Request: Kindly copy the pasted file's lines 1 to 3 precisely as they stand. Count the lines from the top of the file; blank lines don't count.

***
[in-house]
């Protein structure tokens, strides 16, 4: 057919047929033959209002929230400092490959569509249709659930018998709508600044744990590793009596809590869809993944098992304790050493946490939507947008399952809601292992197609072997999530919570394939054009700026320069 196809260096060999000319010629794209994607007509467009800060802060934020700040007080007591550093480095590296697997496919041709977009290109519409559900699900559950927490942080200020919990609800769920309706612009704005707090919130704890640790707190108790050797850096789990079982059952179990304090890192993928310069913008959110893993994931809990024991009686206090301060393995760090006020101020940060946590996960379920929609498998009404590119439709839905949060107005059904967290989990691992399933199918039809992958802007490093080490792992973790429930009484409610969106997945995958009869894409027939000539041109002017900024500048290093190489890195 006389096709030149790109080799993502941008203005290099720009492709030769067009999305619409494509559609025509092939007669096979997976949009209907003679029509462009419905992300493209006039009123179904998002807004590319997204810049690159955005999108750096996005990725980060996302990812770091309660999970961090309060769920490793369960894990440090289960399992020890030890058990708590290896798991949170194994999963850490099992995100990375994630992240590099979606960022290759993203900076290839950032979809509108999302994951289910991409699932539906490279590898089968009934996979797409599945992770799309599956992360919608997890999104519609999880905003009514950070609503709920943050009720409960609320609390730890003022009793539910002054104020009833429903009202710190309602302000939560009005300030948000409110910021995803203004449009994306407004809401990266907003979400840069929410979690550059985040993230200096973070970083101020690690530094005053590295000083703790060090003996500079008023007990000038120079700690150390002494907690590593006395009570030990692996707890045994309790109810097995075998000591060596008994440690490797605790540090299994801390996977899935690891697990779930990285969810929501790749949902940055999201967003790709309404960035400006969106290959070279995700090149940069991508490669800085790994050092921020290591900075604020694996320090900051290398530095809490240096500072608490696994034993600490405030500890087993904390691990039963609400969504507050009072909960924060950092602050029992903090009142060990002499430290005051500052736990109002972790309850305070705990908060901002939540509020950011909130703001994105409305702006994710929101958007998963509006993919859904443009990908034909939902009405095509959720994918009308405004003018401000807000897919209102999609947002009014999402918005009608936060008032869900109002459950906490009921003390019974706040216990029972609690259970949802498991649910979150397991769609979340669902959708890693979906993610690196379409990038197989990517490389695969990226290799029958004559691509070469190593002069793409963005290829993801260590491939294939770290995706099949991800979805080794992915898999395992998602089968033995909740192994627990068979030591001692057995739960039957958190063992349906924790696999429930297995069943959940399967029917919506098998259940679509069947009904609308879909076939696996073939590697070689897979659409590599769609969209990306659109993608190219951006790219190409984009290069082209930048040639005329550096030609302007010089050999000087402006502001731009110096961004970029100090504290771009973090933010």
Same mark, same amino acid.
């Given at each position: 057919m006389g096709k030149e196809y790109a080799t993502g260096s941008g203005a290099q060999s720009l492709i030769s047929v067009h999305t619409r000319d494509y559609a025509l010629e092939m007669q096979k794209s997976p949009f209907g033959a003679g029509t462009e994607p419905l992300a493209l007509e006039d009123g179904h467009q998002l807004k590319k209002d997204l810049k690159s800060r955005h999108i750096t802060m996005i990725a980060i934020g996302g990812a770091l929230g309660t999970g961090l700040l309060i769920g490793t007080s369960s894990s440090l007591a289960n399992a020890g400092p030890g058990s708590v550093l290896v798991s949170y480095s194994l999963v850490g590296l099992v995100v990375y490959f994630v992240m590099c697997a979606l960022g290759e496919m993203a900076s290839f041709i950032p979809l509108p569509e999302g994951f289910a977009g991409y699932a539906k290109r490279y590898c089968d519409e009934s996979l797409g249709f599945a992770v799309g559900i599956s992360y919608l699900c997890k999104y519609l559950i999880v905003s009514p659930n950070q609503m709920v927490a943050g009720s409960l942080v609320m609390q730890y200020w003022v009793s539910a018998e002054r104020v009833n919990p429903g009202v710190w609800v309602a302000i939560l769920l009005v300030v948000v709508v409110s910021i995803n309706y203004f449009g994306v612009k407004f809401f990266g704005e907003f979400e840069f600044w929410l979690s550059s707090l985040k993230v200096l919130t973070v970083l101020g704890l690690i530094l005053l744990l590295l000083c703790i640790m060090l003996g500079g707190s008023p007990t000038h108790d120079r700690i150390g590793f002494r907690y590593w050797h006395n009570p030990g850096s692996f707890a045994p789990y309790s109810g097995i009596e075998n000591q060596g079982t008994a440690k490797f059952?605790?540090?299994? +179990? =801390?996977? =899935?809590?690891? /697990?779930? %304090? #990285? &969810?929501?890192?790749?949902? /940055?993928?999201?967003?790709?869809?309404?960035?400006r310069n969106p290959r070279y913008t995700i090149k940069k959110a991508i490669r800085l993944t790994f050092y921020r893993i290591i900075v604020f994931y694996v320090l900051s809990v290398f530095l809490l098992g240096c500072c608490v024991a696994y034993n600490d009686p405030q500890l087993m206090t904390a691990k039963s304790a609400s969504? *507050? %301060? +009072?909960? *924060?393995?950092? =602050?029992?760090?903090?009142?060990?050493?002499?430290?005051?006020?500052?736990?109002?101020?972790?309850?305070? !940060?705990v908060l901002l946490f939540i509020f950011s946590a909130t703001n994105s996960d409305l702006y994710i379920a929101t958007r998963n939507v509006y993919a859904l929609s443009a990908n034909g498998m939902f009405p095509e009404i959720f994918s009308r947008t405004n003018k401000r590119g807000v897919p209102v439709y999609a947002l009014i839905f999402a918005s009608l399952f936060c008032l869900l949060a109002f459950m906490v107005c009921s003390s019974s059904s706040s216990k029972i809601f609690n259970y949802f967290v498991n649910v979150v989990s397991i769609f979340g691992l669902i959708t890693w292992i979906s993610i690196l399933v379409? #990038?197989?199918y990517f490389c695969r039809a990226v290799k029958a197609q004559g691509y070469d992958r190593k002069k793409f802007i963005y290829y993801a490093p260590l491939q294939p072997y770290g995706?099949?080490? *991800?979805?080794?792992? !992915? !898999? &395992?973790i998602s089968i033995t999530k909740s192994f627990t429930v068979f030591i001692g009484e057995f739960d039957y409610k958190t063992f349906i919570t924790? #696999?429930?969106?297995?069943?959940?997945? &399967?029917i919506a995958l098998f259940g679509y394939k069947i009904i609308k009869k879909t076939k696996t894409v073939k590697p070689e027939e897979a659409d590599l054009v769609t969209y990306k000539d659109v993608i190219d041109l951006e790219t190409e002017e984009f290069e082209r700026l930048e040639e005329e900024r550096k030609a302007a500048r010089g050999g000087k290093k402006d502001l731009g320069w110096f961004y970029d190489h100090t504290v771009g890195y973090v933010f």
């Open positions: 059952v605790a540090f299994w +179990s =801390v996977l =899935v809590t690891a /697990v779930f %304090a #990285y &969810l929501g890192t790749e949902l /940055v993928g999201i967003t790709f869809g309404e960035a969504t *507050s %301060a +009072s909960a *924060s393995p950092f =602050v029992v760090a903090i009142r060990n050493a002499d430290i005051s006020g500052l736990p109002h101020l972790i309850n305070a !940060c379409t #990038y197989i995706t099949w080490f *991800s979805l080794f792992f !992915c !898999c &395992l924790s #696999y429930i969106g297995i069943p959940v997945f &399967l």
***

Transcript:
[in-house]
């Protein structure tokens, strides 16, 4: 057919047929033959209002929230400092490959569509249709659930018998709508600044744990590793009596809590869809993944098992304790050493946490939507947008399952809601292992197609072997999530919570394939054009700026320069 196809260096060999000319010629794209994607007509467009800060802060934020700040007080007591550093480095590296697997496919041709977009290109519409559900699900559950927490942080200020919990609800769920309706612009704005707090919130704890640790707190108790050797850096789990079982059952179990304090890192993928310069913008959110893993994931809990024991009686206090301060393995760090006020101020940060946590996960379920929609498998009404590119439709839905949060107005059904967290989990691992399933199918039809992958802007490093080490792992973790429930009484409610969106997945995958009869894409027939000539041109002017900024500048290093190489890195 006389096709030149790109080799993502941008203005290099720009492709030769067009999305619409494509559609025509092939007669096979997976949009209907003679029509462009419905992300493209006039009123179904998002807004590319997204810049690159955005999108750096996005990725980060996302990812770091309660999970961090309060769920490793369960894990440090289960399992020890030890058990708590290896798991949170194994999963850490099992995100990375994630992240590099979606960022290759993203900076290839950032979809509108999302994951289910991409699932539906490279590898089968009934996979797409599945992770799309599956992360919608997890999104519609999880905003009514950070609503709920943050009720409960609320609390730890003022009793539910002054104020009833429903009202710190309602302000939560009005300030948000409110910021995803203004449009994306407004809401990266907003979400840069929410979690550059985040993230200096973070970083101020690690530094005053590295000083703790060090003996500079008023007990000038120079700690150390002494907690590593006395009570030990692996707890045994309790109810097995075998000591060596008994440690490797605790540090299994801390996977899935690891697990779930990285969810929501790749949902940055999201967003790709309404960035400006969106290959070279995700090149940069991508490669800085790994050092921020290591900075604020694996320090900051290398530095809490240096500072608490696994034993600490405030500890087993904390691990039963609400969504507050009072909960924060950092602050029992903090009142060990002499430290005051500052736990109002972790309850305070705990908060901002939540509020950011909130703001994105409305702006994710929101958007998963509006993919859904443009990908034909939902009405095509959720994918009308405004003018401000807000897919209102999609947002009014999402918005009608936060008032869900109002459950906490009921003390019974706040216990029972609690259970949802498991649910979150397991769609979340669902959708890693979906993610690196379409990038197989990517490389695969990226290799029958004559691509070469190593002069793409963005290829993801260590491939294939770290995706099949991800979805080794992915898999395992998602089968033995909740192994627990068979030591001692057995739960039957958190063992349906924790696999429930297995069943959940399967029917919506098998259940679509069947009904609308879909076939696996073939590697070689897979659409590599769609969209990306659109993608190219951006790219190409984009290069082209930048040639005329550096030609302007010089050999000087402006502001731009110096961004970029100090504290771009973090933010």
Same mark, same amino acid.